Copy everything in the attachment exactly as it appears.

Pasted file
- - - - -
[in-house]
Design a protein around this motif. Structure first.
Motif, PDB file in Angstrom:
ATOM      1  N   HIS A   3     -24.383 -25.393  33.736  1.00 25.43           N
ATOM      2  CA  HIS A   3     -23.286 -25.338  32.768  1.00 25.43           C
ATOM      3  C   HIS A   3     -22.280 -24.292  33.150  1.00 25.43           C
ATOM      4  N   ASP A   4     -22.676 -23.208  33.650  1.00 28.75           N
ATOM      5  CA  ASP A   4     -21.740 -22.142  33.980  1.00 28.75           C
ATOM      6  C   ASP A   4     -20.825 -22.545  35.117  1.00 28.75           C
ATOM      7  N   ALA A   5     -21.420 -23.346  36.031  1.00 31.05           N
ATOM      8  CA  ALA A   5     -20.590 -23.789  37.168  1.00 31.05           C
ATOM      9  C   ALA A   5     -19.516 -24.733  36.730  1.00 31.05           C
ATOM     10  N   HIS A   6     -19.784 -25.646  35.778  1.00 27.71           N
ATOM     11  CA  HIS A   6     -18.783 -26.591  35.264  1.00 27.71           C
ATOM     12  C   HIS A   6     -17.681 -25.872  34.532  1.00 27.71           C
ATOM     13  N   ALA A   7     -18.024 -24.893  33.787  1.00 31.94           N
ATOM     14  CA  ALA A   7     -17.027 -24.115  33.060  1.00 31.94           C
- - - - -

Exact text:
[in-house]
Design a protein around this motif. Structure first.
Motif, PDB file in Angstrom:
ATOM      1  N   HIS A   3     -24.383 -25.393  33.736  1.00 25.43           N
ATOM      2  CA  HIS A   3     -23.286 -25.338  32.768  1.00 25.43           C
ATOM      3  C   HIS A   3     -22.280 -24.292  33.150  1.00 25.43           C
ATOM      4  N   ASP A   4     -22.676 -23.208  33.650  1.00 28.75           N
ATOM      5  CA  ASP A   4     -21.740 -22.142  33.980  1.00 28.75           C
ATOM      6  C   ASP A   4     -20.825 -22.545  35.117  1.00 28.75           C
ATOM      7  N   ALA A   5     -21.420 -23.346  36.031  1.00 31.05           N
ATOM      8  CA  ALA A   5     -20.590 -23.789  37.168  1.00 31.05           C
ATOM      9  C   ALA A   5     -19.516 -24.733  36.730  1.00 31.05           C
ATOM     10  N   HIS A   6     -19.784 -25.646  35.778  1.00 27.71           N
ATOM     11  CA  HIS A   6     -18.783 -26.591  35.264  1.00 27.71           C
ATOM     12  C   HIS A   6     -17.681 -25.872  34.532  1.00 27.71           C
ATOM     13  N   ALA A   7     -18.024 -24.893  33.787  1.00 31.94           N
ATOM     14  CA  ALA A   7     -17.027 -24.115  33.060  1.00 31.94           C